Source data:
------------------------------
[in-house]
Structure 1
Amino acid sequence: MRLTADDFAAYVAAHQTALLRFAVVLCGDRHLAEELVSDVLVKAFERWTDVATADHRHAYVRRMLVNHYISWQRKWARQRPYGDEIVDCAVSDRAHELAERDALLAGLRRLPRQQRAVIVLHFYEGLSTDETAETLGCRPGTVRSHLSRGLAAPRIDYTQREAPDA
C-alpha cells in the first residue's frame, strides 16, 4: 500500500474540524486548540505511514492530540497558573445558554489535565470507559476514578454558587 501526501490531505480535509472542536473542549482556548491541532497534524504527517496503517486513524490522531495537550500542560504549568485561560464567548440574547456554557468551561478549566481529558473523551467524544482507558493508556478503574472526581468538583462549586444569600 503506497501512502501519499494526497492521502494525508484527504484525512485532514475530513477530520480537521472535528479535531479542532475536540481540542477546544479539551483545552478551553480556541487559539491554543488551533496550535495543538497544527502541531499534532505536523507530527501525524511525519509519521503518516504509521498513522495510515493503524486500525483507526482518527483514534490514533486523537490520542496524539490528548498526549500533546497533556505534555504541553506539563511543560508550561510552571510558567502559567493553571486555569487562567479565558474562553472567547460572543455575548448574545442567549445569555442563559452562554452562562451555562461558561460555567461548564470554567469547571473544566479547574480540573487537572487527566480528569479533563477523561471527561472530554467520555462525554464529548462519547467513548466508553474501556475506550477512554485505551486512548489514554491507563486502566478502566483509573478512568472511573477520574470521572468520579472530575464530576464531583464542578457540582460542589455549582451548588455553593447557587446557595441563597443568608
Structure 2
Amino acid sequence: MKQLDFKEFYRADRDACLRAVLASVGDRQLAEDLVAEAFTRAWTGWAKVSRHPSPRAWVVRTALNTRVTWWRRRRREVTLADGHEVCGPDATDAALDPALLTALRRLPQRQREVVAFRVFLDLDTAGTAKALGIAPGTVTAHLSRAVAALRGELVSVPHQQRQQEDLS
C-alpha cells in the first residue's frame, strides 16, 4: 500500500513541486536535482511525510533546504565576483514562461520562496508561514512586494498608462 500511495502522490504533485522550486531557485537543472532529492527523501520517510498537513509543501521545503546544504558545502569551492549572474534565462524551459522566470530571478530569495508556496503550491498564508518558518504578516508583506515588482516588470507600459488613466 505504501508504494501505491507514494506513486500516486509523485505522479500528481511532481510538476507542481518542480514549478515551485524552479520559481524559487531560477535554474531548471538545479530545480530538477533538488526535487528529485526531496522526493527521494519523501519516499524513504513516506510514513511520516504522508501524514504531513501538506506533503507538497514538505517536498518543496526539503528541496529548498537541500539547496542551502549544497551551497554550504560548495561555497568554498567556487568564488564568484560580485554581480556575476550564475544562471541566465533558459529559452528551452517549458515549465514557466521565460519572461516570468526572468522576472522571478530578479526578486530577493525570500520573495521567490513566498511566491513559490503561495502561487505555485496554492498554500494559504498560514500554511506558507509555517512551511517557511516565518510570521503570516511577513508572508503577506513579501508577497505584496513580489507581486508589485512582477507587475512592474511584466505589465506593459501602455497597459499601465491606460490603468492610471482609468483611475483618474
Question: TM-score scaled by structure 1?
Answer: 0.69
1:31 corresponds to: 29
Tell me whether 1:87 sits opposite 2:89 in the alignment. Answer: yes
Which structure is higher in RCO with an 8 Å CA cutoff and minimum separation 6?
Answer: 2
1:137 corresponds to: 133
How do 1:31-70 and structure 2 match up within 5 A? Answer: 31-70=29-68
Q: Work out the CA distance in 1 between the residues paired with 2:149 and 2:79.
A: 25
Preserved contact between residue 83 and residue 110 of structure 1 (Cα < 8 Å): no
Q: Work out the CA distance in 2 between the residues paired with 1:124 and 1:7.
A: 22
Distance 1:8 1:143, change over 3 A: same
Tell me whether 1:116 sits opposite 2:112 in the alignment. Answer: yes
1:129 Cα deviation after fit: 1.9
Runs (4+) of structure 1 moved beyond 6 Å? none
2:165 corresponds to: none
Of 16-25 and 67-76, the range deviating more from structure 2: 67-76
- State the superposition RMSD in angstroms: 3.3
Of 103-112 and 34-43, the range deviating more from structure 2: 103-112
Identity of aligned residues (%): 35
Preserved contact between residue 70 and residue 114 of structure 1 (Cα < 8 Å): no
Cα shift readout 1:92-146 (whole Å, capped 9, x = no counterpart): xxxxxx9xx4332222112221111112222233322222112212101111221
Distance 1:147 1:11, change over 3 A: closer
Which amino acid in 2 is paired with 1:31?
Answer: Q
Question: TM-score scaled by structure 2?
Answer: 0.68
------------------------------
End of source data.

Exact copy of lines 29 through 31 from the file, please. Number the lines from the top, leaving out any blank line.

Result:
Identity of aligned residues (%): 35
Preserved contact between residue 70 and residue 114 of structure 1 (Cα < 8 Å): no
Cα shift readout 1:92-146 (whole Å, capped 9, x = no counterpart): xxxxxx9xx4332222112221111112222233322222112212101111221